Over the last year since my bypass operation I’ve been told many time how “lucky” I am. Lucky to be alive. Every time someone tells me that I agree with them…adamantly. Why am I lucky? I ignored the very real and evident symptoms of cardiovascular disease for at least a year. That’s right…a year, and yes I am very luck to be here today. It reached a point where I could not walk my dog without experiencing severe chest pains.
Had it not been for a very good friend suggesting that I take a stress test, and the emergency quadruple bypass operation, I certainly would not be hear today.
In a recent Huffington Post article , health care advocate Gary Stein, discusses his own recent heart attack. In fact, he mentions that he will also be undergoing a double bypass operation in the near future.
Mr. Stein knew and knows what he should have been doing for his health – it’s what he does. He attributes the disconnect between what he advocates and what he was doing to “hubris and hypocrisy.” Unfortunately too many of Our Community can relate to health histories of Mr. Stein and myself. We knew what we should not have been doing or ignoring, but we did it anyway.
Mr. Stein boils the key issues down to the following:
“So here are the two main concerns: a) How do you get the message out, and b) how do you make those impacted take action? The first part is easy, and it’s been done countless numbers of times, on billboards, radio and television public service announcements (PSAs), “must-see-TV” episodes, billions of pounds of pamphlets picked up at doctors offices or health fairs and subsequently thrown away, and through hundreds of public health programs, from building community gardens to changing school lunches into meals that kids push aside and grab a snack later.”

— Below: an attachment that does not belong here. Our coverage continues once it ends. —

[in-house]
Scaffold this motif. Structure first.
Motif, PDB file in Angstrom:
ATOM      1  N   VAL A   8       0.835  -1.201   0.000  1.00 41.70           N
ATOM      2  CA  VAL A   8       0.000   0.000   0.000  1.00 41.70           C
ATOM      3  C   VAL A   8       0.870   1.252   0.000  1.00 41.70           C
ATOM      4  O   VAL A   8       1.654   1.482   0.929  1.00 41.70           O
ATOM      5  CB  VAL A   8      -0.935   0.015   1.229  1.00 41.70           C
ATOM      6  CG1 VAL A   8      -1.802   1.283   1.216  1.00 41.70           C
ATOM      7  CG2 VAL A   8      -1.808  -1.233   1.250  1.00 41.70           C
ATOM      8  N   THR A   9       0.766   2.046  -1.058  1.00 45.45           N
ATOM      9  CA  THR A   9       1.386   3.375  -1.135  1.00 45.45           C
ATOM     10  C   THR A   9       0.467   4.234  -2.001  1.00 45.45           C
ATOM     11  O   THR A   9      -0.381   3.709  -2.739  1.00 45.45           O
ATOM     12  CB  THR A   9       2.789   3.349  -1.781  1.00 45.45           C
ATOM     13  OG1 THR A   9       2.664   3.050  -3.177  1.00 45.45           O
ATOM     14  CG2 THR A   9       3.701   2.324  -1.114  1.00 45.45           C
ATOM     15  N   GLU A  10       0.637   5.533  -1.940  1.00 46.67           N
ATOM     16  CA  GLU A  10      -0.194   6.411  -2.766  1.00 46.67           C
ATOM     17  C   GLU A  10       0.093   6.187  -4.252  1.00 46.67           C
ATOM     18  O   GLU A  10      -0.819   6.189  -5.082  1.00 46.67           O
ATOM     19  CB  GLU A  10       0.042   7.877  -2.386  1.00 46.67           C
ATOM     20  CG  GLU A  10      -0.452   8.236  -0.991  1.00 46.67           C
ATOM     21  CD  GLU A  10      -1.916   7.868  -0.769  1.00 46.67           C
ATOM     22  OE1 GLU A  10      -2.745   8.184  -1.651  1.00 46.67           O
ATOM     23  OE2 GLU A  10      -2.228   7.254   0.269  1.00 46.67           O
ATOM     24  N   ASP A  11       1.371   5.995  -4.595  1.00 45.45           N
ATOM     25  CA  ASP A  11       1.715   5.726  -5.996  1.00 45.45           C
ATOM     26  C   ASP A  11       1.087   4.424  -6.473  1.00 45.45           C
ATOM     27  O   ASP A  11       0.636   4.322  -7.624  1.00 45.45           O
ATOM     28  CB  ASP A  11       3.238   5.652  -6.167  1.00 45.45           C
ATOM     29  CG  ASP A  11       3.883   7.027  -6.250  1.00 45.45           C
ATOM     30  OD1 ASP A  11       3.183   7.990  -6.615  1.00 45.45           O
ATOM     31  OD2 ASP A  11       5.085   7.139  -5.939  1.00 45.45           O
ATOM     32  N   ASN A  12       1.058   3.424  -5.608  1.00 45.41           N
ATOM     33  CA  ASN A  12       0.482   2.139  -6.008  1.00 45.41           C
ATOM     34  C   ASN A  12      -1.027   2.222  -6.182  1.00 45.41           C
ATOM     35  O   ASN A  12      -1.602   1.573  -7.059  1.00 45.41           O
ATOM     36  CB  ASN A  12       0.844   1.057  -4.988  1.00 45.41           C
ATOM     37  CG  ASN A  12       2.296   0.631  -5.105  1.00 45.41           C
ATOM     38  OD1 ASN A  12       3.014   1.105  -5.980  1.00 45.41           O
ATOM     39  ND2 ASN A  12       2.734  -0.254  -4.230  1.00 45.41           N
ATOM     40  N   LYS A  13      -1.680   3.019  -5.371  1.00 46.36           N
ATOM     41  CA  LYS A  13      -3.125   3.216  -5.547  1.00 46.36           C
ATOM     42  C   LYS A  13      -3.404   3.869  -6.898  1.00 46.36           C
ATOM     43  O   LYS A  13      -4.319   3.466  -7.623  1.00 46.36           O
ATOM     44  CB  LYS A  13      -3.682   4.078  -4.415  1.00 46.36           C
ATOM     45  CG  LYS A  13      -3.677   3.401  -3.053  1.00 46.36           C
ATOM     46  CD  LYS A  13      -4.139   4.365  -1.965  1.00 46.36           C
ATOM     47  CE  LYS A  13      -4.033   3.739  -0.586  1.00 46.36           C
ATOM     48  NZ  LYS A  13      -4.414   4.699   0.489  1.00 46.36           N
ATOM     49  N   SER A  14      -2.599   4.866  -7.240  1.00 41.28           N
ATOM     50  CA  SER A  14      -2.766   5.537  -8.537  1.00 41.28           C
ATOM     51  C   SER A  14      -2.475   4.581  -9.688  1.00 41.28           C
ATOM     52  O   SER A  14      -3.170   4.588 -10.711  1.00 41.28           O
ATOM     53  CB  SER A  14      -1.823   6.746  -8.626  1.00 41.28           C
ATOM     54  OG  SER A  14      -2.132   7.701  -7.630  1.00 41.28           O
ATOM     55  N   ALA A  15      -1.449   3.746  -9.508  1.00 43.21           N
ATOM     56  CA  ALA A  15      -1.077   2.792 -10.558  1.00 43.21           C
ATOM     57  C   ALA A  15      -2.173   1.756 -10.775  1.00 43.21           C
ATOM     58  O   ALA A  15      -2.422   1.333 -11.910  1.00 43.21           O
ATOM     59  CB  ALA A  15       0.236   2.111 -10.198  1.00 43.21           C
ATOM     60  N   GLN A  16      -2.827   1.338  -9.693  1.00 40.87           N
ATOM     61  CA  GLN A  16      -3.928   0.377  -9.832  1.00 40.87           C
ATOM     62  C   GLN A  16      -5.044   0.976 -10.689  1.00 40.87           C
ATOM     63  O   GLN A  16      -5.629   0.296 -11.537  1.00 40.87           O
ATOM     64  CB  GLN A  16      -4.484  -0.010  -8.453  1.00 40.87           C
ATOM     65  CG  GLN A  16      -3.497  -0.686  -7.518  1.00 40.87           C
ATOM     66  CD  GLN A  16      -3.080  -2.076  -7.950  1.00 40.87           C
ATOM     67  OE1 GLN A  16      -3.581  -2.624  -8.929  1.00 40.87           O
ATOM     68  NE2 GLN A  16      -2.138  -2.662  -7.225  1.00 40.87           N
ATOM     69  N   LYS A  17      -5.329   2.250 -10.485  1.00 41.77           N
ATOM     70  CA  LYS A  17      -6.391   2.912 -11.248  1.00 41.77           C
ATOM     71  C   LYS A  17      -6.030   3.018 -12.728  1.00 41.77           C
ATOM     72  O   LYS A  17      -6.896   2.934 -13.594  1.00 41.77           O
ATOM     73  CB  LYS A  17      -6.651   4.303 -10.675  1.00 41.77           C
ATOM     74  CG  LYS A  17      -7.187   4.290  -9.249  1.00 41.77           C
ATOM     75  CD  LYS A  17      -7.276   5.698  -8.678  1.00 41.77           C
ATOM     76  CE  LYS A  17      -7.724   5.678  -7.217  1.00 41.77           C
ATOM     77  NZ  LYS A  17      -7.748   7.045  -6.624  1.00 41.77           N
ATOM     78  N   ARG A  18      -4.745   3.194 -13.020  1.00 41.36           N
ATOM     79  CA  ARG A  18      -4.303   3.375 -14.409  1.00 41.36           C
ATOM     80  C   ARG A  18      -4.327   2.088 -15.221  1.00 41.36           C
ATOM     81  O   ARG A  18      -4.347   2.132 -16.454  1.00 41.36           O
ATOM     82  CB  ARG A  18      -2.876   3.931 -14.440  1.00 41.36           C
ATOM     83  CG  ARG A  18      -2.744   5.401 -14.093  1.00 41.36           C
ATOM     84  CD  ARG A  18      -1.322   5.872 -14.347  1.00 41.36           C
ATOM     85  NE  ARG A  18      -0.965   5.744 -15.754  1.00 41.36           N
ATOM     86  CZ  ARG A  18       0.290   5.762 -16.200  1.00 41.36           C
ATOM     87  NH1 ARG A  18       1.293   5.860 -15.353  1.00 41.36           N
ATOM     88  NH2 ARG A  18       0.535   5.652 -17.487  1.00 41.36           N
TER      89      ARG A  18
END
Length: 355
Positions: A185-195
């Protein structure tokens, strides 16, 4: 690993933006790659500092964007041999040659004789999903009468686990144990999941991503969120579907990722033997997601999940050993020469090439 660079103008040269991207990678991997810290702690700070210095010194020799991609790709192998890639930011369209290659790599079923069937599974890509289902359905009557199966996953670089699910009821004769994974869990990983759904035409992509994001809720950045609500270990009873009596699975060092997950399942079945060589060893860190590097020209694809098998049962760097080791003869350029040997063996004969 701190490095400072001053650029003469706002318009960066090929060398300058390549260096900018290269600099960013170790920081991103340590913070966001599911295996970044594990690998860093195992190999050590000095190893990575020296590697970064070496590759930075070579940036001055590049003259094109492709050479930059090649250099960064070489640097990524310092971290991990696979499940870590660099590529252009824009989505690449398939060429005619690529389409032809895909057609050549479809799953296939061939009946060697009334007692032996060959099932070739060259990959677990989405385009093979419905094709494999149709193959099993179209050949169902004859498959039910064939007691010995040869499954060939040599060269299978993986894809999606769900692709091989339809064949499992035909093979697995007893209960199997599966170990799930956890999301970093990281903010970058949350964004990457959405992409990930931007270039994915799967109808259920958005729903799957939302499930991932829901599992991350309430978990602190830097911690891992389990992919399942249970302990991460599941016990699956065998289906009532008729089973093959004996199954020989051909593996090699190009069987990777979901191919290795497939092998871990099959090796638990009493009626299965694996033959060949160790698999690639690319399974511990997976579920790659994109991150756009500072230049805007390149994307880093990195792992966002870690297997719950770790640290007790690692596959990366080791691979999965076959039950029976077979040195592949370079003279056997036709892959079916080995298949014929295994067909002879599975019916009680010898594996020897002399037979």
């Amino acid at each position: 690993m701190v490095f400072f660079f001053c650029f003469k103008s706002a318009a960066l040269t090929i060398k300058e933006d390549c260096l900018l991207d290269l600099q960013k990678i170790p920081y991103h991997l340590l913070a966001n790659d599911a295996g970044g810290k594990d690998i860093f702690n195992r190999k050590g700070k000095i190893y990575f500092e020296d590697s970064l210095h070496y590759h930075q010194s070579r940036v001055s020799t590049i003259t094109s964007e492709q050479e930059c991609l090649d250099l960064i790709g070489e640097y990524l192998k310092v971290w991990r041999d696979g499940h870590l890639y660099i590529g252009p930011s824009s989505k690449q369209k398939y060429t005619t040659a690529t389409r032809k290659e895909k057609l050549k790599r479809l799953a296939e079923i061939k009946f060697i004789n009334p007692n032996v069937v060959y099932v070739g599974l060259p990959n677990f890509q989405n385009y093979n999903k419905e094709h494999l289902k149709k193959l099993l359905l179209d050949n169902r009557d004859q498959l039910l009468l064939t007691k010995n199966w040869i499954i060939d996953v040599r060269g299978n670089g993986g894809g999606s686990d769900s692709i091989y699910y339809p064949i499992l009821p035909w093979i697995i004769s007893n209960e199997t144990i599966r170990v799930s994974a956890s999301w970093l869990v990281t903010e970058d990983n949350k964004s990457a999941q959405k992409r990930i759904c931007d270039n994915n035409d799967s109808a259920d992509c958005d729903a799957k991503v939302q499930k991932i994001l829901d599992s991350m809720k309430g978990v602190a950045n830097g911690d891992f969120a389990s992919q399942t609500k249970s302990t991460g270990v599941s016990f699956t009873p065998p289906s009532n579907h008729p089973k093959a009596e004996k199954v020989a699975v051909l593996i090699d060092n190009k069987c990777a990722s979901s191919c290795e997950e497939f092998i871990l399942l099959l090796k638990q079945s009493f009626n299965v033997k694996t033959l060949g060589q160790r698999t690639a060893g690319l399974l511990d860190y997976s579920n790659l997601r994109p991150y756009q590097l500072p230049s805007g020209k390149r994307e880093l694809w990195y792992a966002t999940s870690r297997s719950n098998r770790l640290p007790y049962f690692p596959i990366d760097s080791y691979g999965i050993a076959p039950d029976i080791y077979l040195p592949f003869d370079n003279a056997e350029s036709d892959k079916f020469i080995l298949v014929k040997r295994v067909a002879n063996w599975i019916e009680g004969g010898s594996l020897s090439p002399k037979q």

So why don’t people who have see the ads, picked up the pamphlets, and seen the PSAs stop what their doing to themselves and live healthier lives? I believe everyone has a different reason for it, but I agree with Mr. Stein’s view:
“There are two main theories behind behavior change that are commonly used in public health program development. One is the “Steps to Change,” or trans-theoretical model developed by Drs. Prochaska and diClemente, and the other is the “health belief model.” Put together, they essentially say that people change health-related behaviors a) when they finally believe that the change will impact their health and b) they are ready to make that change.
That is why behavior change is so hard to propagate. I, along with so many others, have been desperately trying to make people understand, believe and ready themselves for the changes that can save or change their lives for the better. But it has to be internalized, ingrained, understood… and believed.”
How do you as members of Our Community begin understand, believe and ready yourselves (or your loved ones) for those life-saving and life-prolonging changes? Your comments would be greatly appreciated.